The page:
INSIGHT: Growing in fits and starts

31 March 2010 22:07  [Source: ICIS news]

By Nigel Davis

China consumers crticalHOUSTON (ICIS news)--Growing away from the slump, producers are filling underutilised capacities but are not yet wholly clear of just what they might need in future.

That uncertainty clouds the petrochemicals outlook.

Companies are “cautiously optimistic”, although that has become a tired phrase. The world is just about back to where it was - in terms of economic output - before the slump. Consultants are projecting stronger basic chemicals and plastics growth out to 2015 compared with the 2000 to 2005 period.

So was the peak of the cycle - or the chemicals earnings “plateau” that some like to call it - an aberration? More likely than not, it was. Markets remained tight as demand continued to rise. Prices were pushed higher by the inflated oil price.

But the consumer has given up on chemicals, or at least on so many of the products that are purchased when times are good but not when cash is tight.

Fiscal stimulus has underpinned growth for a worryingly long time. It has done its job, certainly, but as it is relaxed the strength of consumer - and hence chemicals - demand is exposed.

That is as true of China as it is of the US and Europe. An apposite quote from CMAI’s Gary Adam’s, speaking at this year NPRA International Petrochemical Conference was: “When you take the consumer out of the game; the game stops”.

Filling inventories give some a sense of optimism but the question increasingly is: who is going to supply those volumes - and, when it returns, real, consumer-led, demand growth?

Gross domestic product (GDP) growth in the US and western Europe has remained fragile so far this year. Petrochemical producers have relied heavily on exports to Asia to buoy demand.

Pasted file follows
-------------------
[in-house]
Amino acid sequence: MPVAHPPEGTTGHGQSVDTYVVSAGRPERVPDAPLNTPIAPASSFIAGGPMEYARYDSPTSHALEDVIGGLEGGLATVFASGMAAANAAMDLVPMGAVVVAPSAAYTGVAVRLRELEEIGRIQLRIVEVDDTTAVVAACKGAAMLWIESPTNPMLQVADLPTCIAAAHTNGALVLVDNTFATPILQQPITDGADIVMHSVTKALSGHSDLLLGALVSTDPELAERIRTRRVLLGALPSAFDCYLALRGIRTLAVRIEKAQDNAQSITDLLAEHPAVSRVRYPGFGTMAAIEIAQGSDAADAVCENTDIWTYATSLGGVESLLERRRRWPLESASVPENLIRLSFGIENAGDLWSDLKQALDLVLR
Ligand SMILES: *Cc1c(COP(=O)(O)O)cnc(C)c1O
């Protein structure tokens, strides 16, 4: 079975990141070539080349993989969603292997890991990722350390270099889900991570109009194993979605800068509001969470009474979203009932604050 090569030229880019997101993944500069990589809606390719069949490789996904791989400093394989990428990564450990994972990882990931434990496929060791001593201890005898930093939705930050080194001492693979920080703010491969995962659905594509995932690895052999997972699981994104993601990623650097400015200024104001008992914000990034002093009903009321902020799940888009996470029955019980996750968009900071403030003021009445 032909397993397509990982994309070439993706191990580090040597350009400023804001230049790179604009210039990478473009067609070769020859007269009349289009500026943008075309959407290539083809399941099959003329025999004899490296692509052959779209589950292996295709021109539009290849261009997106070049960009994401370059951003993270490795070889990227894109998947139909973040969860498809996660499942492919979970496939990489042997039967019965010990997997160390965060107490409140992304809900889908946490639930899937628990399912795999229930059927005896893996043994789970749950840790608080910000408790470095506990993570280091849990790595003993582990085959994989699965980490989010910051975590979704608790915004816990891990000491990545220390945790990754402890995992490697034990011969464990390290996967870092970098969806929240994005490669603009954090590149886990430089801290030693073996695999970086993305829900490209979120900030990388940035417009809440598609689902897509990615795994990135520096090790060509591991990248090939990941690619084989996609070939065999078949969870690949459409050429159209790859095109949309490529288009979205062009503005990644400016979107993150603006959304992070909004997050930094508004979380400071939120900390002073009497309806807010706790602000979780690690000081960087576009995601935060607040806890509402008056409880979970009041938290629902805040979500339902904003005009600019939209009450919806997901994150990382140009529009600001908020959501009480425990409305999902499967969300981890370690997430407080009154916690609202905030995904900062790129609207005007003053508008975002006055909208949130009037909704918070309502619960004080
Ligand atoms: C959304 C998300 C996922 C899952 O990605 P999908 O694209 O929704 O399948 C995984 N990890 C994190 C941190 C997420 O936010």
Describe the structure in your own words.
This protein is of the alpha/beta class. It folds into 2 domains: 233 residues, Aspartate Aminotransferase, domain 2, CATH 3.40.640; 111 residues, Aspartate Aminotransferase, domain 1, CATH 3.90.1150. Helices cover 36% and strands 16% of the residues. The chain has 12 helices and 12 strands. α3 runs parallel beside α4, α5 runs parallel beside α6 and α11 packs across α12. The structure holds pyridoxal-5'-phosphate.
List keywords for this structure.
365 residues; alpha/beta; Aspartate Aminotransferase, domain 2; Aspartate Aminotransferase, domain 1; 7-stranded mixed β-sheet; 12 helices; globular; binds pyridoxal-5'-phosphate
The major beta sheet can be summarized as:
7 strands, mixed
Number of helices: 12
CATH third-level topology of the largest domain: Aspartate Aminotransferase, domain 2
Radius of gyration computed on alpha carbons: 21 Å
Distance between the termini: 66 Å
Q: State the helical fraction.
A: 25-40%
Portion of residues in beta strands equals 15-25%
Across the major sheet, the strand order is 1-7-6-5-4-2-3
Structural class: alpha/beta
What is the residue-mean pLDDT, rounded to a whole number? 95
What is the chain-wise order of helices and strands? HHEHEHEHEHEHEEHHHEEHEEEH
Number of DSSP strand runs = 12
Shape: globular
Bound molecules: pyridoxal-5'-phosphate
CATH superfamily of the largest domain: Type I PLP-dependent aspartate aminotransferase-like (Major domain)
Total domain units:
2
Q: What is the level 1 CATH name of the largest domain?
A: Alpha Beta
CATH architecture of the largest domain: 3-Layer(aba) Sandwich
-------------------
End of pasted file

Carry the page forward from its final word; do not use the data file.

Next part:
As consultants Chem Systems point out in a just released report, lengthening markets in Asia after the Lunar New Year holiday impeded the rate of recovery in western markets. New sources of supply in China pushed (China) inventories higher.

We are in the midst of a great capacity wave. “At least five new crackers, with a combined capacity totalling more than four million tonnes/year of ethylene achieved commercial production in the first quarter,” the consultants say.  “Most crackers were integrated with further new derivative capacity on site,” they add.

And those plants came on as China’s domestic demand slumped. China took in 22% less linear low density polyethylene (LLDPE) in February: 177,697 tonnes compared to the same period last year and down 21% from January levels, according to the latest China Customs data.

Polyvinyl chloride (PVC) imports plunged 55% year on year to 99,230 tonnes and were down 19% from January.

The slowdown had been expected. We’ll have to wait for March data to get a better feel for what demand growth is heading this year.

That adds significantly to the uncertainty.

CMAI reckons that 26% of global basic chemicals and plastics capacity currently is not operating. New plants are coming on-stream but by no means all are running hard. That is good news for most - although not for the plant operators - given generally fragile demand. But it is supporting a false picture. Olefins and polyolefins markets in western Europe and North America have tightened as product inventories have built. But we have an unsupported effective higher capacity utilisation rate.

The industry is widely expected to grow out of this situation but, more likely than not, in fits and starts. Managing production operations and supply chains effectively will remain difficult through much of 2010.

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By: Nigel Davis
+44 20 8652 3214

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